First up on this interestingly sequenced LP is the title track, a short angry song about their recent travails with Polydor that rests on a Foxton bassline shuddering with channelled rage. One minute, nineteen seconds and it's gone.
"To Be Someone" also concerns the rock business but this time it's sung from the point of view of a faded rock star looking back at the good times, a full decade before Prefab Sprout's "King of Rock And Roll". By an unfortunate accident of timing, the rock star most synonymous with the kind of dissolute lifestyle Weller is describing, the Who's Keith Moon died between the album's recording and release. Musically it prefigures their own "Start" by approximating the bassline to "Taxman" and features some very spiky guitar by Weller.
"Mr Clean" is a problematic song. Is he singing this vitriolic attack on a commuter in character or is he really so consumed by class envy he's prepared to advocate violence against the class traitor (all lefties hate their own kind who are trying to advance more than those who were born to privilege) he so despises ? The edgy guitar figure behind the first verse about the object's daily routine hints at trouble to come which arrives in Weller's bellowed declaration "If I get the chance I'll fuck up your life". Having got that off his chest Weller lightens up (and the music opens out) for the last verse with the hilariously phrased "Getting pissed at the annual office do". It's still an uncmfortable song though.
"David Watts" follows, the first Jam song to really grab me not realising it was a cover until much later. The Kinks song gives the other members a chance to shine with Foxton doing the lead vocal and Buckler's ferocious pounding and cymbal crashing driving the song at a frantic pace. There's no real sign they understand the homoerotic implications of the song, just three guys thrashing the hell (albeit in a more disciplined fashion than their earlier covers) out of a favourite track.
Then the LP makes a complete left turn with the "hidden" track "English Rose" not listed on the sleeve or lyric sheet for reasons that have never been satisfactorily explained. What were we supposed to do- pretend we hadn't heard it ? Starting with a crashing wave and the sound of a ship's horn it becomes an acoustic ballad with antique phrasing. With Foxton and Buckler absent from proceedings it suggests Pink Floyd's "Grantchester Meadows" or Nick Drake, icons of the Middle England Weller was railing against two songs back.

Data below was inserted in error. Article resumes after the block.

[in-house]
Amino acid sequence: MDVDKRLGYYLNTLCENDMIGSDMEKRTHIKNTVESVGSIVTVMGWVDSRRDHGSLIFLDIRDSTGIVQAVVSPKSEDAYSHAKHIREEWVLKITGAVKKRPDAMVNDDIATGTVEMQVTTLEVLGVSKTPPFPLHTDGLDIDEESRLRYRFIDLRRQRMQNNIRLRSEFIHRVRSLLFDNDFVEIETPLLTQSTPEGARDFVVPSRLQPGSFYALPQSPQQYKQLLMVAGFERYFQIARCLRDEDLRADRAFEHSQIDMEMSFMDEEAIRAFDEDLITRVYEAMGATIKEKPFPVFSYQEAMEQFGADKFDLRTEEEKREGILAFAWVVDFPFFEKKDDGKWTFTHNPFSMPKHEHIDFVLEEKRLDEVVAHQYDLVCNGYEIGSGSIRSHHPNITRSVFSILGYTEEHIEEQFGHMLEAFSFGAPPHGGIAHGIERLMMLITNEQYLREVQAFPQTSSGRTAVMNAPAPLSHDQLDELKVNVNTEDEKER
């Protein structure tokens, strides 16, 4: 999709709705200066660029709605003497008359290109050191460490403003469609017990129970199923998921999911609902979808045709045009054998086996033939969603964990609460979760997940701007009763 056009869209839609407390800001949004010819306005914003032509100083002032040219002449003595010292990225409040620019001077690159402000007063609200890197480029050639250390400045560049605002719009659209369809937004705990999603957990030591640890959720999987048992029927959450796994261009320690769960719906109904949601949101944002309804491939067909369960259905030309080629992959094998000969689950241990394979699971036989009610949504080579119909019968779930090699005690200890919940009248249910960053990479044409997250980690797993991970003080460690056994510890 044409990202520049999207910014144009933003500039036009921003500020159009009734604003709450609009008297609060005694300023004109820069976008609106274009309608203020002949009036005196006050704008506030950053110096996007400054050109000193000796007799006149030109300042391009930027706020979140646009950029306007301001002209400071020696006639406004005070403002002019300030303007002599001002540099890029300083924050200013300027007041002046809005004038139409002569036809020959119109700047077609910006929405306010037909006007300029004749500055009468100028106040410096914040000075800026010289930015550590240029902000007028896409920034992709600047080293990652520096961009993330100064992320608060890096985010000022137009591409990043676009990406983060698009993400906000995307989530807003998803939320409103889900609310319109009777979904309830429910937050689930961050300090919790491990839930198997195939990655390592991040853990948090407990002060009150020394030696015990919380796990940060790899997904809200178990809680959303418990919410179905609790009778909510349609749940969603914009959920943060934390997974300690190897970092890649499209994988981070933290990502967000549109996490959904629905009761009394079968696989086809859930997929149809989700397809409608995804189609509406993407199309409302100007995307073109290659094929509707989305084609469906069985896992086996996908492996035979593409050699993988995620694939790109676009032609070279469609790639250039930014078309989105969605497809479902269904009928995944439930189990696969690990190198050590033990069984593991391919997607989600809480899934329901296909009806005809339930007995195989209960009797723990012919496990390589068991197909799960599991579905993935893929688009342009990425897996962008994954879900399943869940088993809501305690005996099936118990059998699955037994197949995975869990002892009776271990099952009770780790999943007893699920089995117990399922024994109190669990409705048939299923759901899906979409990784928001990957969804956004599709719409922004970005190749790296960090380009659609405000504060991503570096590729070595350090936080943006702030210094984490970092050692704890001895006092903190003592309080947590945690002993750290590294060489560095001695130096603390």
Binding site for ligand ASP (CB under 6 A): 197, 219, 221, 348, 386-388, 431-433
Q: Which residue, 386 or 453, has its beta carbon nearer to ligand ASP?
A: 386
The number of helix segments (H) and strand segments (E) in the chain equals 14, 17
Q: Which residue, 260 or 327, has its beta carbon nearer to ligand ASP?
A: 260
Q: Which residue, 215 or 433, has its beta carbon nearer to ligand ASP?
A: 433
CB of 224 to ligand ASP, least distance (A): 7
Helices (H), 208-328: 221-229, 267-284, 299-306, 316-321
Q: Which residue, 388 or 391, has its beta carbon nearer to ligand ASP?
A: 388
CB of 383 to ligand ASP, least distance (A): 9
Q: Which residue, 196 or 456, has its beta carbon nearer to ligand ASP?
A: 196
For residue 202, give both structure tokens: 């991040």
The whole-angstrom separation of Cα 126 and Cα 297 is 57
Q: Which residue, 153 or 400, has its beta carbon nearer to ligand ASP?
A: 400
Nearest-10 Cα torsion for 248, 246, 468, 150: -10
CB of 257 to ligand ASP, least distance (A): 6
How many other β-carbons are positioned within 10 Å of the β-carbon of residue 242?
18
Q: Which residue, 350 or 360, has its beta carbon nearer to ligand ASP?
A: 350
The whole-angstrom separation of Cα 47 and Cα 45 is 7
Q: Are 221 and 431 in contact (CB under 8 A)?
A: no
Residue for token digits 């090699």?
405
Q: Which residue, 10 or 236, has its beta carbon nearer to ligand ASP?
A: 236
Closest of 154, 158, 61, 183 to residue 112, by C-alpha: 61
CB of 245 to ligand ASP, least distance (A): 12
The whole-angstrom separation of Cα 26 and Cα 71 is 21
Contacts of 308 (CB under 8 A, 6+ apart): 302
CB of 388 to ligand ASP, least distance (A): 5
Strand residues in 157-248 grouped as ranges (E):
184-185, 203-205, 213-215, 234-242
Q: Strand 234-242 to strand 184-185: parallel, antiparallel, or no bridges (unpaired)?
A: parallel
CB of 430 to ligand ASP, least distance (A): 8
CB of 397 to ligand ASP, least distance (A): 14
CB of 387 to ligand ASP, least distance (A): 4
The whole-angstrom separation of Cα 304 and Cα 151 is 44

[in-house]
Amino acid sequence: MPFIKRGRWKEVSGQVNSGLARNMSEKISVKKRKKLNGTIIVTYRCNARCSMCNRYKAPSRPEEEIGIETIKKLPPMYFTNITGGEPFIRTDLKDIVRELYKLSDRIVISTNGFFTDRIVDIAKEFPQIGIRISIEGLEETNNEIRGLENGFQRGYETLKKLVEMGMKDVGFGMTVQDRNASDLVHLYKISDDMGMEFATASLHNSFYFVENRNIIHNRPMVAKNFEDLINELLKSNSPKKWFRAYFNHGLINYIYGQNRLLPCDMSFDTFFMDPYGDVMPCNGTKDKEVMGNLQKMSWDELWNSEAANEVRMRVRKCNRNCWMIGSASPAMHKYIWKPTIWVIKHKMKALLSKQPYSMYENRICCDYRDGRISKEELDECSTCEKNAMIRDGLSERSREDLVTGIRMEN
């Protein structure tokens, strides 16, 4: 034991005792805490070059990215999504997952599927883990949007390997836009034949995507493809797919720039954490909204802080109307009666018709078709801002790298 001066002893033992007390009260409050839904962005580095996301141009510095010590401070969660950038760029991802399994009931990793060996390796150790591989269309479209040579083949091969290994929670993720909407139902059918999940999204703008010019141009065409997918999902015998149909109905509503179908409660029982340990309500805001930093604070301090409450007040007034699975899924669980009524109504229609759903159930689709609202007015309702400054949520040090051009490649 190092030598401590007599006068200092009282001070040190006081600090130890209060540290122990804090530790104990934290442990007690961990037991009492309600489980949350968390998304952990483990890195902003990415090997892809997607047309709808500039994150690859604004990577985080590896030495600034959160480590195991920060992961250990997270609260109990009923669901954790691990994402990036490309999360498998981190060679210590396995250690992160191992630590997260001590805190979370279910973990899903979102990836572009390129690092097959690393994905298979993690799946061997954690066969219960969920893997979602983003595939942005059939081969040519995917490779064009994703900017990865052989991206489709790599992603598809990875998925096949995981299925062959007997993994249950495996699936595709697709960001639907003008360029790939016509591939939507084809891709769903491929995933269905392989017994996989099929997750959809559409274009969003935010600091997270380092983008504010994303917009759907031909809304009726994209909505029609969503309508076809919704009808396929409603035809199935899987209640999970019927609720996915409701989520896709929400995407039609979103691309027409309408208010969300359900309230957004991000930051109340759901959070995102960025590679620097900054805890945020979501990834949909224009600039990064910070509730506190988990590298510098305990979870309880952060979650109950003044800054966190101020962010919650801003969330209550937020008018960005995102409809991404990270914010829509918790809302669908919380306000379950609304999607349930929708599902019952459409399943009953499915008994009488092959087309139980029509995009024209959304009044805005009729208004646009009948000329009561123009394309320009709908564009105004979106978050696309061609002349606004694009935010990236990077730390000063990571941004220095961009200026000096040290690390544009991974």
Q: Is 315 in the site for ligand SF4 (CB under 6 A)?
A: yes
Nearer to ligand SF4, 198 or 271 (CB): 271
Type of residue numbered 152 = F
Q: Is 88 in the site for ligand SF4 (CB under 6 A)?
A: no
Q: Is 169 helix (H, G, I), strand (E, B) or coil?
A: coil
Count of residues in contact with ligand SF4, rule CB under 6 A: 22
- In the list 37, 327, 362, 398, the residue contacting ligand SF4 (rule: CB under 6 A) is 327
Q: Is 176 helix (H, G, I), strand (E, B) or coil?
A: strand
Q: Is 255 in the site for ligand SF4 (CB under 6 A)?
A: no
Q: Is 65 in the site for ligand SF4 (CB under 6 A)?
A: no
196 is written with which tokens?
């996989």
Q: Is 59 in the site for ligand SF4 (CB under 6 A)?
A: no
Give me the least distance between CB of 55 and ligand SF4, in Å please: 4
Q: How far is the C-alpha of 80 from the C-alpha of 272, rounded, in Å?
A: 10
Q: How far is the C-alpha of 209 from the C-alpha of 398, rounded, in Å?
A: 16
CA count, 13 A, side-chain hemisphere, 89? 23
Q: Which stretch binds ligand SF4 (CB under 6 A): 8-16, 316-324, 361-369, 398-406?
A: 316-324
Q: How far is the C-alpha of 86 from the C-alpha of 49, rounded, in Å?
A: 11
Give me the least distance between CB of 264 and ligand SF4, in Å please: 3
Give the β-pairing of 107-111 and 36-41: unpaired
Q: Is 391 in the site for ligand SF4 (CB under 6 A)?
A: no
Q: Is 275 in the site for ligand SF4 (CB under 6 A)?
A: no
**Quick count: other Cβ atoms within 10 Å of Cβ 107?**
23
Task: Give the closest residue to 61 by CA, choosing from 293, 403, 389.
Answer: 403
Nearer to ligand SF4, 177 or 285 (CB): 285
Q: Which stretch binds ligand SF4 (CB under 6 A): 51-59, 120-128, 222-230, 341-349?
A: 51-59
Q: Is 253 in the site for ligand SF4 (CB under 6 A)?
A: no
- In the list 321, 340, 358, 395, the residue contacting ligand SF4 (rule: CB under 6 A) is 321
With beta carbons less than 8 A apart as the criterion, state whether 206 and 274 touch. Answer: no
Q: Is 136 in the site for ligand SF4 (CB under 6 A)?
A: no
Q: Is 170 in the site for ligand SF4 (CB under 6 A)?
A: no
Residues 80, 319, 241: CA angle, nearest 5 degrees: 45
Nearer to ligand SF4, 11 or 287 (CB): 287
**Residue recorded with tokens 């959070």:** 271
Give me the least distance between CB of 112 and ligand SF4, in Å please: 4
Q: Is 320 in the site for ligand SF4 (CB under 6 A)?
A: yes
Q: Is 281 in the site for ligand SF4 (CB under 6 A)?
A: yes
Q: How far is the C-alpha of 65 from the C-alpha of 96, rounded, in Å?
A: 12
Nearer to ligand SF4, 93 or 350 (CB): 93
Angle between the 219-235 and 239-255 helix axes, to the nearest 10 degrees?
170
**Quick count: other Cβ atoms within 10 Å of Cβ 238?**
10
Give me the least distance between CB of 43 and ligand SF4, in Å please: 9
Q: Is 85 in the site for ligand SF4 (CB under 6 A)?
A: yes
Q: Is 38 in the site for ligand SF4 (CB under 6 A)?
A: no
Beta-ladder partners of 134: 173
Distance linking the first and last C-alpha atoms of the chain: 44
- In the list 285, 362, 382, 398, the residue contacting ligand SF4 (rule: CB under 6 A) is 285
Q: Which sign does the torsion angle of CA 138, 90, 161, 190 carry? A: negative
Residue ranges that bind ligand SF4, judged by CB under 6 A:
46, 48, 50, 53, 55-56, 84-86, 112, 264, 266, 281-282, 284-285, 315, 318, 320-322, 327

The band then take another step away from punk by recording a song nearly six minutes long. It's something of a curate's egg the opening chords resembling the beginning section of Wings' "Band On The Run" albeit speeded up by Foxton's bassline. Then it takes its cue from The Small Faces "My Mind's Eye" with Weller re-spinning Marriott's conviction that he has a greater vision than those around him and there are musical echoes too. The second half of the song is a long dare we say proggy instrumental coda that at times sounds strikingly similar to the Stone Roses' "Don't Stop" amidst which Weller starts singing the refrain from their earlier song "Away From The Numbers" perhaps forlornly acknowledging he hasn't quite made that break yet before it finally turns into The Who's "Won't Get Fooled Again ".
Side Two then kicks off with "Billy Hunt" an ugly, regressive song that could have come off the first album; in fact the bassline is very similar to "In The City". Sung from the viewpoint of a downtrodden daydreamer taken in by the Charles Atlas ads there's the odd good line like "I remember the first day at my job/Didn't get on too well with the foreman Bob" but its generally unsympathetic with crass references to the contemporary "Six Million Dollar Man" and a really moronic chorus. When the album was belatedly released in the US this track was dropped in favour of the infinitely superior "Strange Town".